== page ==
The Kentucky Senate passed House Bill 607 on Tuesday which, once signed by Governor Andy Beshear (D), would shift the rounding of winning pari-mutuel dividends from the dime to the penny. The House passed the measure on March 21 and concurred with the Senate's amended version.
The penny breakage provision would be the first of its kind in North American horse racing history.
“For more than a century, horseplayers have never received a full winning dividend and today the General Assembly in Kentucky affirmed that it is beyond time to change that and respect horseplayers anywhere betting on races from Kentucky,” said Patrick Cummings, Executive Director of the Thoroughbred Idea Foundation (TIF).
With few exceptions, pari-mutuel winning dividends are rounded to the nearest $0.10 for every $1 wager. A $2 bet that might return $5.78, for example, is rounded down to $5.60.
“Across just the last two decades or so, approximately $1 billion has been retained from winning bets across America. The passage of HB 607 will put some of this money back in the pockets and accounts of winning bettors in future bets.
“We are thankful for the leadership of bill’s House sponsors, Representatives Adam Koenig and Al Gentry, and Senator Damon Thayer in guiding its passage,” said Cummings.
Paying all customers to the penny has been an area of focus for TIF since its inception and was the first topic covered by a TIF white paper.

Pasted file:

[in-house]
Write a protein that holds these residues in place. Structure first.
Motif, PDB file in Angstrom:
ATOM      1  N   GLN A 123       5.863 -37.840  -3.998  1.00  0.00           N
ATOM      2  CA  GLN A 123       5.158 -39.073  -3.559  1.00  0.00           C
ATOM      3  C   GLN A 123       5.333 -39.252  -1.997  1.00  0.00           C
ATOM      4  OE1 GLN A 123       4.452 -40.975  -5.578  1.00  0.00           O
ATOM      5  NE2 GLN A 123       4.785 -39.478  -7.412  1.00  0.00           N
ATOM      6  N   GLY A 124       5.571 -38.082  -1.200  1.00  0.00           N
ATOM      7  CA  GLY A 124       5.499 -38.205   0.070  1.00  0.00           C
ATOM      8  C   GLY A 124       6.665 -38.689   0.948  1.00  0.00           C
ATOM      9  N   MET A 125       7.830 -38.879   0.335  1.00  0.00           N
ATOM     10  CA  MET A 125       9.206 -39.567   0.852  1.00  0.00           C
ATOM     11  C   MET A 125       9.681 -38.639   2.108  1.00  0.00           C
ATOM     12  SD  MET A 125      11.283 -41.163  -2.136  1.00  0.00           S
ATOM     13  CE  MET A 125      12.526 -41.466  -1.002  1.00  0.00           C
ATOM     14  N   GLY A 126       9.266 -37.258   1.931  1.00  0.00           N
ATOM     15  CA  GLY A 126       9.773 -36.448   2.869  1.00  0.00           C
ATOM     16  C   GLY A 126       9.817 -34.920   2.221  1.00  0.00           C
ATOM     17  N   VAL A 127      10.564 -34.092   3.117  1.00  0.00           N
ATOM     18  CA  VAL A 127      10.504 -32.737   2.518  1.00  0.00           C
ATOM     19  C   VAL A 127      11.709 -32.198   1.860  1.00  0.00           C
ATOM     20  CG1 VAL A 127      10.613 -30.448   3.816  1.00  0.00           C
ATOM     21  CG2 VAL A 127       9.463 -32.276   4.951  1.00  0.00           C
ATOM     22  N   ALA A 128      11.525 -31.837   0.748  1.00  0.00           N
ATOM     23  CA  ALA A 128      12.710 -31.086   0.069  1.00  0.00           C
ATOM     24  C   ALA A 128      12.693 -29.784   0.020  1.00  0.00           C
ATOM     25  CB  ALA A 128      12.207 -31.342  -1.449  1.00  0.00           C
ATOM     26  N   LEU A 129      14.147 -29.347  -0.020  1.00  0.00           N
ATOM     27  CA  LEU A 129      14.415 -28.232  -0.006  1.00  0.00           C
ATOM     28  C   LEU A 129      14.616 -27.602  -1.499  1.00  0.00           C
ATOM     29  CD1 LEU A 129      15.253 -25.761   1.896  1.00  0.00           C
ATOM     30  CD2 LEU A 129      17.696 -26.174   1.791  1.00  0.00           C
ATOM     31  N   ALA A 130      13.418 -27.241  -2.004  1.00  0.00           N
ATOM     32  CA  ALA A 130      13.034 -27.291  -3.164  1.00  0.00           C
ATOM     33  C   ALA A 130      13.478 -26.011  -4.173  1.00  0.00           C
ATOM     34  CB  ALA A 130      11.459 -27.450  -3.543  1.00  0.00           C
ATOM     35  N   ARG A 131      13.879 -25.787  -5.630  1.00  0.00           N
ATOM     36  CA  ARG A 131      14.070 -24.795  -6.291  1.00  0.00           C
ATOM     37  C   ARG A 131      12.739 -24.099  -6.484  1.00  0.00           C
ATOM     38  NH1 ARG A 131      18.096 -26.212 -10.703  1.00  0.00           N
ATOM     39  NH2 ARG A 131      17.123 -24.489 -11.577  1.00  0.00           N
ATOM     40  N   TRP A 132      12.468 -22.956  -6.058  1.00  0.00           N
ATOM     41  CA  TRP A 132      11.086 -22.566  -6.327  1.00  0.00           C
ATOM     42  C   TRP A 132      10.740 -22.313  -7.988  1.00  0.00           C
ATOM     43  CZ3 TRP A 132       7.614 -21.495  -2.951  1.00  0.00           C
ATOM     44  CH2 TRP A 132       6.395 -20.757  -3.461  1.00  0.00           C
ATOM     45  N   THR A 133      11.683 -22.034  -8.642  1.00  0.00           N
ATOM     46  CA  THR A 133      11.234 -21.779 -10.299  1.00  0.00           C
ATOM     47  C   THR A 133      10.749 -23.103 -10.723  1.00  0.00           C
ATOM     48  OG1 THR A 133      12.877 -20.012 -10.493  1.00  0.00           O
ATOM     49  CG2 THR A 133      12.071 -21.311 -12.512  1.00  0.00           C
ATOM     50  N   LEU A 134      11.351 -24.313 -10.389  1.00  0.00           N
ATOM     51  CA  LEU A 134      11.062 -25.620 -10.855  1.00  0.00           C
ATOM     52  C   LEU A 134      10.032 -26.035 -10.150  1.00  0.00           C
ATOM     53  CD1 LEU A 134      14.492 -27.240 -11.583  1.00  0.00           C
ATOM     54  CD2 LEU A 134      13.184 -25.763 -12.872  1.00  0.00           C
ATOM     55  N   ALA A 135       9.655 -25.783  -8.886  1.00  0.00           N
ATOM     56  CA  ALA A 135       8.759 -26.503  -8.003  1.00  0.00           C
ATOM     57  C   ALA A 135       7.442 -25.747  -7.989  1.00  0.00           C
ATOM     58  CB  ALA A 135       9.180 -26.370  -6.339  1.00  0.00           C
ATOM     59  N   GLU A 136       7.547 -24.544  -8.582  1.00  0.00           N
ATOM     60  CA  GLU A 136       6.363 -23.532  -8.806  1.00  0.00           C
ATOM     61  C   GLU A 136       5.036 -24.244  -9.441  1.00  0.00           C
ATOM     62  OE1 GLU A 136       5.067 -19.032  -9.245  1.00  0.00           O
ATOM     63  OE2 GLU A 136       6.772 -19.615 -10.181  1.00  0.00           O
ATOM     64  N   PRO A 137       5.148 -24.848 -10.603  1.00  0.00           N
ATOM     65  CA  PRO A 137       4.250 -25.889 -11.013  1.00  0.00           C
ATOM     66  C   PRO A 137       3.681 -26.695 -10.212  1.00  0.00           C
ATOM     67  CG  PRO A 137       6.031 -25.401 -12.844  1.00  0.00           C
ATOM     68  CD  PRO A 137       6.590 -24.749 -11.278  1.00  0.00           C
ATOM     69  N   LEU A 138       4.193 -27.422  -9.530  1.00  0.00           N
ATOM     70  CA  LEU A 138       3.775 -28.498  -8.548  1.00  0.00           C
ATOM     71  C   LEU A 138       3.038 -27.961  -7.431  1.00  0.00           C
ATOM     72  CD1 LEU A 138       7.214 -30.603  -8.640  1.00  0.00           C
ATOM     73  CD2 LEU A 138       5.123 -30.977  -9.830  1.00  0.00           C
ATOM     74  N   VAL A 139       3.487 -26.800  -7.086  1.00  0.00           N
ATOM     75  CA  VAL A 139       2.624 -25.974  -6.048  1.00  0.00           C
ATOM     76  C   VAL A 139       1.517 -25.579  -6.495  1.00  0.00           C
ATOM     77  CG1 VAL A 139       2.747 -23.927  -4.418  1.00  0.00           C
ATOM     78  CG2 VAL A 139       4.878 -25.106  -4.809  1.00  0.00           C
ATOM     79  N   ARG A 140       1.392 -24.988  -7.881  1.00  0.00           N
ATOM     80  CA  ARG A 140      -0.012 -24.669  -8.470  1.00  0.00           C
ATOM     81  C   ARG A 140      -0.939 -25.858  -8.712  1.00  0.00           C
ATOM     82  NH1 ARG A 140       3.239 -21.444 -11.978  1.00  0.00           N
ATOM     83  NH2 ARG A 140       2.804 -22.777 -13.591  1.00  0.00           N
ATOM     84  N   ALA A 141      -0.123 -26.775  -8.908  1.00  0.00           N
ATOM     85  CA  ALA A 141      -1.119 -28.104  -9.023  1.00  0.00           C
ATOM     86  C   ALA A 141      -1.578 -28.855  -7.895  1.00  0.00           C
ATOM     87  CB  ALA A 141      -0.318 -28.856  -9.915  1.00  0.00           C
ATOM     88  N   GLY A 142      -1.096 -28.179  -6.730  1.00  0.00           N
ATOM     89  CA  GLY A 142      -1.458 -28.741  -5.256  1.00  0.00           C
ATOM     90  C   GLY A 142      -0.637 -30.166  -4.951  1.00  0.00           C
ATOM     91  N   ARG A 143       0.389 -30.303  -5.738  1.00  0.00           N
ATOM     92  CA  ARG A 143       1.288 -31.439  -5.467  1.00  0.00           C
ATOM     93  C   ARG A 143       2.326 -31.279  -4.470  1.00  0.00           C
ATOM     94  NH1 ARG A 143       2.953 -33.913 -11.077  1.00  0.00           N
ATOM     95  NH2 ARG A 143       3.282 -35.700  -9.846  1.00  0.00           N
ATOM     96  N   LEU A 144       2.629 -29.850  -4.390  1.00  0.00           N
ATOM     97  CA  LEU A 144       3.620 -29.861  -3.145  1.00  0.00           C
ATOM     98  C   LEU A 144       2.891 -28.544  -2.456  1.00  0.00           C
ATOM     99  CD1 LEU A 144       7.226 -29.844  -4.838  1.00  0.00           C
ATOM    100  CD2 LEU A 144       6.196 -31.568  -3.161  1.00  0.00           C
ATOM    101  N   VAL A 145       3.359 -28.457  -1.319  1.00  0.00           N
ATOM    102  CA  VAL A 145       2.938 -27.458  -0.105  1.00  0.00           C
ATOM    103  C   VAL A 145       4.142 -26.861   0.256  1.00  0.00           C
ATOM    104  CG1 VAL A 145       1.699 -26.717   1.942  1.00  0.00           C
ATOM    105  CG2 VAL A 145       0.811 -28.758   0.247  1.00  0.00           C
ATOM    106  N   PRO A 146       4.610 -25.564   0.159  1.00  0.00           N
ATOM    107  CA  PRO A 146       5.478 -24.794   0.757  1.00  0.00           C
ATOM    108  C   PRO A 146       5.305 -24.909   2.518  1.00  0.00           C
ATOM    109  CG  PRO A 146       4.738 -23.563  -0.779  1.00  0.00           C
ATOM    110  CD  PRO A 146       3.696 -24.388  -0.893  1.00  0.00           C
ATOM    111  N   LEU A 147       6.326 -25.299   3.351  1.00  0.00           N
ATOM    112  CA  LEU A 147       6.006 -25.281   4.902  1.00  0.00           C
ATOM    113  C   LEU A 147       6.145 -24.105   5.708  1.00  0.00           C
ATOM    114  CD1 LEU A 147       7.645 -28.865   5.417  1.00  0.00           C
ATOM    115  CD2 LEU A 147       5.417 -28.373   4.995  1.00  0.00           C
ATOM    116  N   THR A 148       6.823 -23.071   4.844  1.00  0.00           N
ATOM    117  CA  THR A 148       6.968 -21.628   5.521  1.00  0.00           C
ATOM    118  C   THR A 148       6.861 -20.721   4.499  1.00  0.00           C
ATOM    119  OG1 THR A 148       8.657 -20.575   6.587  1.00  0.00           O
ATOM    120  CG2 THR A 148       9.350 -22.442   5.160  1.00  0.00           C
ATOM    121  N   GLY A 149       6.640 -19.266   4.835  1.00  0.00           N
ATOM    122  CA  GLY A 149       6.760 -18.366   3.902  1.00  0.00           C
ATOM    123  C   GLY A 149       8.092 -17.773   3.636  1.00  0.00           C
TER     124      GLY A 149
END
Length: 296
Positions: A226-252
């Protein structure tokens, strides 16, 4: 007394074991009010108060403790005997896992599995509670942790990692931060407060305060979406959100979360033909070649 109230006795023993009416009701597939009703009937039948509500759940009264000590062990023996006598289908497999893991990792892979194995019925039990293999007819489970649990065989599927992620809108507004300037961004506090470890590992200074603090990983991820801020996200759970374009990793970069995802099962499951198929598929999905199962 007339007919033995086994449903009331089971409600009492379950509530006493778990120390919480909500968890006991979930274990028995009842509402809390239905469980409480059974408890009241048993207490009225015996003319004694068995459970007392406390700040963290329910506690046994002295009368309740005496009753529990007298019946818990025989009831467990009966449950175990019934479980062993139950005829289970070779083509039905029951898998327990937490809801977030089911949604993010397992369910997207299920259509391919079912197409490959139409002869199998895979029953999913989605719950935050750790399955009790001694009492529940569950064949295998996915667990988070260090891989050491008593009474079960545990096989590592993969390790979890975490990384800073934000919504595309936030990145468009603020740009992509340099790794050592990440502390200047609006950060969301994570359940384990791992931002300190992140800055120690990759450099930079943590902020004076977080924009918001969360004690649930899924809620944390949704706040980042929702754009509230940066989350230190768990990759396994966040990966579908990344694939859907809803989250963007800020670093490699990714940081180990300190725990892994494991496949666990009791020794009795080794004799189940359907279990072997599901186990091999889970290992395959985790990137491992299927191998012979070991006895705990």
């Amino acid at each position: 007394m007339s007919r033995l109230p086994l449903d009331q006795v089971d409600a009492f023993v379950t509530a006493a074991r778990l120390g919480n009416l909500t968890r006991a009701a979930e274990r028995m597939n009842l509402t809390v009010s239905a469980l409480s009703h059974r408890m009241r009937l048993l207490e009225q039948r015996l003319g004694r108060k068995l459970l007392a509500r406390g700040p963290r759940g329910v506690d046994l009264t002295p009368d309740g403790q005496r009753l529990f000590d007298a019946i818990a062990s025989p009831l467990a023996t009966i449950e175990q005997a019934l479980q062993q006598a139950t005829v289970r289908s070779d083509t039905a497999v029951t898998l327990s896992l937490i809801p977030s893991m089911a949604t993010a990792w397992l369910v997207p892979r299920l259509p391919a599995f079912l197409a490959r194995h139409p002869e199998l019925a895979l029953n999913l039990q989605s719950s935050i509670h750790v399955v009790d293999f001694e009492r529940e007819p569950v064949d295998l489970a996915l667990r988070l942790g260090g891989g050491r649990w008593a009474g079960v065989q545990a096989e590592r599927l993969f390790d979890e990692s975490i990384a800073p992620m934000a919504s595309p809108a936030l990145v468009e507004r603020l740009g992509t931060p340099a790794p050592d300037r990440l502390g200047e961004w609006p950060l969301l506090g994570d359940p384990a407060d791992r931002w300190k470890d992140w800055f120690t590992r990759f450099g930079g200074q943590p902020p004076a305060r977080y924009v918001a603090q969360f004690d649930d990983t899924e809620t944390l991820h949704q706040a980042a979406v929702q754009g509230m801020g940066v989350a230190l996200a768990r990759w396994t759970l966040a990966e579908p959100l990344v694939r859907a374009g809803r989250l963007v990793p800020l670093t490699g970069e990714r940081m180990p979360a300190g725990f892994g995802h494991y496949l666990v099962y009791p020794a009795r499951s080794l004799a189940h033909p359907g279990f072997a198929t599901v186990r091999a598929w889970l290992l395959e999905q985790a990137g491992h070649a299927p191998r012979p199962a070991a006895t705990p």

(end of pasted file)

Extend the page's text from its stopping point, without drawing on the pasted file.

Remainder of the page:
“This is a tremendous accomplishment and it’s particularly meaningful that Kentucky is going first when it comes to penny breakage,” said TIF’s founder and Glen Hill Farm CEO Craig Bernick.
The bill includes a standardization of taxation rates across pari-mutuel wagering, introduces the use of funds from the Kentucky Thoroughbred Development Fund for claiming races, and funds the Kentucky Horse Racing Commission through revenues generated by racing wagering and not the state’s general fund.
The tax standardization means ADW bets from Kentucky residents will be taxed at 1.5%, up from 0.5%.
“Horse racing must relentlessly pursue every method to make its product as competitive as possible,” said Bernick. “The market pressure on racing is stronger than ever with the rapid legalization of sports betting across the country. We hope that operators realize the importance of retaining all customers and driving their participation through the presentation of competitive racing with competitive pricing.”
The provisions of the bill, once signed, are due to take effect in August.